Friday, September 09, 2005

3-IRON

1)I am not big on Korean cuisine and do not understand its local appeal. In fact you had better not recommend another Korean Bar-B-Kue to me anywhere this side of 37.1N and 126.58E.

2)Korean drivers are also a puzzle to me. They usually drift from one lane to another, usually at a pretty slow pace well below the flow of traffic, frequently make last second turns that cut me off and often burst out of cross streets with no regard for traffic in the existing right-of-way. Kind of like driving in the Bay Area.

And to complete yesterday’s Korean trio experience, I realize I don’t understand Korean movies, but I like what I screened on DVD last night. 3-IRON is a pleasant enigma: I film I don’t understand but found absorbing to watch and provocative to think about.

It’s not so much a story, but a presentation about a strange young man and the lives he affects, and is affected by. We are introduced to this Young Man as he hangs advertising fliers on residential door knobs. We assume it is his job, but that is hardly the case. The Young Man has no job. He apparently doesn’t need one. He would appear to be independently wealthy, or at least well off, as he rides a huge and obviously expensive motorcycle on his errands and adventures.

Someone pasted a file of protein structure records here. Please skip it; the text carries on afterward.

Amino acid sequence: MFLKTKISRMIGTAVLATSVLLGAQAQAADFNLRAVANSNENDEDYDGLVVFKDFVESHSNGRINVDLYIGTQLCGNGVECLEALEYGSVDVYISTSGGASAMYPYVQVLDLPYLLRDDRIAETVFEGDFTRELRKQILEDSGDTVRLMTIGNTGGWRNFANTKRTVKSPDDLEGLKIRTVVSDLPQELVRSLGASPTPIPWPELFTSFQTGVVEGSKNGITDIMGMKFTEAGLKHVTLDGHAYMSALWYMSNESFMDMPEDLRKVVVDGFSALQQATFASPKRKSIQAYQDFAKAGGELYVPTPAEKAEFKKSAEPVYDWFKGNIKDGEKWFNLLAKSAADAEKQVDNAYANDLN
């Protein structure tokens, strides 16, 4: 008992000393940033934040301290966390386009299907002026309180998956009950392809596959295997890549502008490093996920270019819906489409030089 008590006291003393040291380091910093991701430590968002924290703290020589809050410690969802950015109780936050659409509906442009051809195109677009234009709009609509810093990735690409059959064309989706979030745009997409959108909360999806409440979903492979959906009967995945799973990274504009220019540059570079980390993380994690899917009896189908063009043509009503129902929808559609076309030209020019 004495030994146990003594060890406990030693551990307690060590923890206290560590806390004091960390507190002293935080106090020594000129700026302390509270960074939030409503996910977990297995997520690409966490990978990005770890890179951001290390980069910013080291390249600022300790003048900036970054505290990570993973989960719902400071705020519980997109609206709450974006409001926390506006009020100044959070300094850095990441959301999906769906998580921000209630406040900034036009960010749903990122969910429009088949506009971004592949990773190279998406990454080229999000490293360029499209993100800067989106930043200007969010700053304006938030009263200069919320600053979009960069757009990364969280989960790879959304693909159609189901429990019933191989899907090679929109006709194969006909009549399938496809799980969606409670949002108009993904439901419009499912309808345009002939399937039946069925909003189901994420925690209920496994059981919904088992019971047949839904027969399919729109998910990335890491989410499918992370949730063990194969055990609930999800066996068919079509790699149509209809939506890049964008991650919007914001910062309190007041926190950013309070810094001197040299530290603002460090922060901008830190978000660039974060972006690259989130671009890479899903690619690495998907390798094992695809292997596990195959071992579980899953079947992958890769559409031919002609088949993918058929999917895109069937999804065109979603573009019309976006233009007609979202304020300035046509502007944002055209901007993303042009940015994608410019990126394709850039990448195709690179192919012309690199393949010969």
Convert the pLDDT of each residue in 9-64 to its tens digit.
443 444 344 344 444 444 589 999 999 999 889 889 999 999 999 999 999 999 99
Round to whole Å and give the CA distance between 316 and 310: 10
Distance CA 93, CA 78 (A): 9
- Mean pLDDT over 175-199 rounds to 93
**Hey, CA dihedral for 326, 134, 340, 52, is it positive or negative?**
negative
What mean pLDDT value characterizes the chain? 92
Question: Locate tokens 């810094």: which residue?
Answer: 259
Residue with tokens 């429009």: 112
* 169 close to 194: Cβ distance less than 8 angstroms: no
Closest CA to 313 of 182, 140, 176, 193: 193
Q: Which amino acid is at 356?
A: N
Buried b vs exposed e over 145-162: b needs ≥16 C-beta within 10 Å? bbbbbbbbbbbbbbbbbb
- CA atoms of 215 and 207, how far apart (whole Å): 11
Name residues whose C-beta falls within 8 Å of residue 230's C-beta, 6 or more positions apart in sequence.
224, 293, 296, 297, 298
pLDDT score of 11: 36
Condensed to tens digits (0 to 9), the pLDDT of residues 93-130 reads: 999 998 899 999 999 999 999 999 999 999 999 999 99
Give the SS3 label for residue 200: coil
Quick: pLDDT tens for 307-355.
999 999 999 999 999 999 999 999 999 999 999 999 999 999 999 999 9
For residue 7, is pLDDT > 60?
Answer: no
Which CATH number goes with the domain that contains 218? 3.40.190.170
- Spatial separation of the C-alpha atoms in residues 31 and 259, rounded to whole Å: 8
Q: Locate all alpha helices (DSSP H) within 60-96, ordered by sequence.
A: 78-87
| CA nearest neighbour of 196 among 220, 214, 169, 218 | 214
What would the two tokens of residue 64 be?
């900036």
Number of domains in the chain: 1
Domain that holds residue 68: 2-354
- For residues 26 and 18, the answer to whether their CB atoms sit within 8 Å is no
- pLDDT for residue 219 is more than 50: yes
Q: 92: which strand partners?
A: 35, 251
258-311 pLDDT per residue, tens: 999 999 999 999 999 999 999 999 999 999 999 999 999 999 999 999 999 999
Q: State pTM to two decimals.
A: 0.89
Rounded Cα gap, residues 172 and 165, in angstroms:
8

His main adventure is to return to the prepared door knobs and, where he sees his flyer still hanging, he picks the lock—with professional tools—and simply moves into the home for a day or so while it’s owner is away. He helps himself to available foods, but takes nothing else. In fact, he uses his handyman skills to repair objects and appliances he notices the need of. He seems to submit himself to the life style of the absent occupants, always taking photographs of himself in his new surroundings, and moves equally comfortably in rich homes and poor.

His modus operandi gets a bit sticky, however, when one home he moves into is still painfully occupied by a battered and cowed wife. A curiously non-verbal relationship begins between them and the dream quality of the film slowly segues into a nightmare. What 3-Iron is all about from there on is your guess as good as mine, ‘cause I ain’t got none. If you think you have some answers, the buzzer is in your hand.

I might find out more about 3-Iron, eventually, since writer-director Ki-duk-Kim does provide a commentary on the DVD which I will dip into later. At this time, I want to express my opinion and recommendation of 3-Iron based solely on what this lowly western mind can comprehend.

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